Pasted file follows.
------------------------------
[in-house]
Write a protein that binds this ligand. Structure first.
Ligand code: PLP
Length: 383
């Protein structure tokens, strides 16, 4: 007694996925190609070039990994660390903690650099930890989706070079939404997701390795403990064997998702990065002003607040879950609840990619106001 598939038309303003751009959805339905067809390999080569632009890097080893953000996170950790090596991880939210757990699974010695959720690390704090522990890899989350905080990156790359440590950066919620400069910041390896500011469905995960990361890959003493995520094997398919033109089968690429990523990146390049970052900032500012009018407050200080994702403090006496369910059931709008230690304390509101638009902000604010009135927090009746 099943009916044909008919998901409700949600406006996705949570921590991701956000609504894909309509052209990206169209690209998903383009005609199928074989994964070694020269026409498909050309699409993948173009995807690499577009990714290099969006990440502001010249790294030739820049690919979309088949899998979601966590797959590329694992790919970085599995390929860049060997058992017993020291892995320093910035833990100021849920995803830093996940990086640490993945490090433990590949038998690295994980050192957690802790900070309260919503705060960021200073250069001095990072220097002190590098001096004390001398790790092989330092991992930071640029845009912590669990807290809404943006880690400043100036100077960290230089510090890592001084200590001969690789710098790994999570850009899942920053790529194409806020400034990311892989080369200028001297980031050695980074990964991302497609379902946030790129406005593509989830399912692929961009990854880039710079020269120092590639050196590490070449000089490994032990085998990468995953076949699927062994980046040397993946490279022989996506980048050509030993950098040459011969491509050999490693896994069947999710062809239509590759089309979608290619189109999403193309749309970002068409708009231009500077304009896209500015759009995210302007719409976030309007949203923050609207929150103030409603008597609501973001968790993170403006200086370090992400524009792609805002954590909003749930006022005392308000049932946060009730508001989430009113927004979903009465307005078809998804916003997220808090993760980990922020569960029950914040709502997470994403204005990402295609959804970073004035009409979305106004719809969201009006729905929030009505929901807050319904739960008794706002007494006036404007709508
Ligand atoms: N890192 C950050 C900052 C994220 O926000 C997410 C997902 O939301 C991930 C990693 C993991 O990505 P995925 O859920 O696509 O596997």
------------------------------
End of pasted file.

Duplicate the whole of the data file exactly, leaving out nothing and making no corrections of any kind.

[in-house]
Write a protein that binds this ligand. Structure first.
Ligand code: PLP
Length: 383
């Protein structure tokens, strides 16, 4: 007694996925190609070039990994660390903690650099930890989706070079939404997701390795403990064997998702990065002003607040879950609840990619106001 598939038309303003751009959805339905067809390999080569632009890097080893953000996170950790090596991880939210757990699974010695959720690390704090522990890899989350905080990156790359440590950066919620400069910041390896500011469905995960990361890959003493995520094997398919033109089968690429990523990146390049970052900032500012009018407050200080994702403090006496369910059931709008230690304390509101638009902000604010009135927090009746 099943009916044909008919998901409700949600406006996705949570921590991701956000609504894909309509052209990206169209690209998903383009005609199928074989994964070694020269026409498909050309699409993948173009995807690499577009990714290099969006990440502001010249790294030739820049690919979309088949899998979601966590797959590329694992790919970085599995390929860049060997058992017993020291892995320093910035833990100021849920995803830093996940990086640490993945490090433990590949038998690295994980050192957690802790900070309260919503705060960021200073250069001095990072220097002190590098001096004390001398790790092989330092991992930071640029845009912590669990807290809404943006880690400043100036100077960290230089510090890592001084200590001969690789710098790994999570850009899942920053790529194409806020400034990311892989080369200028001297980031050695980074990964991302497609379902946030790129406005593509989830399912692929961009990854880039710079020269120092590639050196590490070449000089490994032990085998990468995953076949699927062994980046040397993946490279022989996506980048050509030993950098040459011969491509050999490693896994069947999710062809239509590759089309979608290619189109999403193309749309970002068409708009231009500077304009896209500015759009995210302007719409976030309007949203923050609207929150103030409603008597609501973001968790993170403006200086370090992400524009792609805002954590909003749930006022005392308000049932946060009730508001989430009113927004979903009465307005078809998804916003997220808090993760980990922020569960029950914040709502997470994403204005990402295609959804970073004035009409979305106004719809969201009006729905929030009505929901807050319904739960008794706002007494006036404007709508
Ligand atoms: N890192 C950050 C900052 C994220 O926000 C997410 C997902 O939301 C991930 C990693 C993991 O990505 P995925 O859920 O696509 O596997």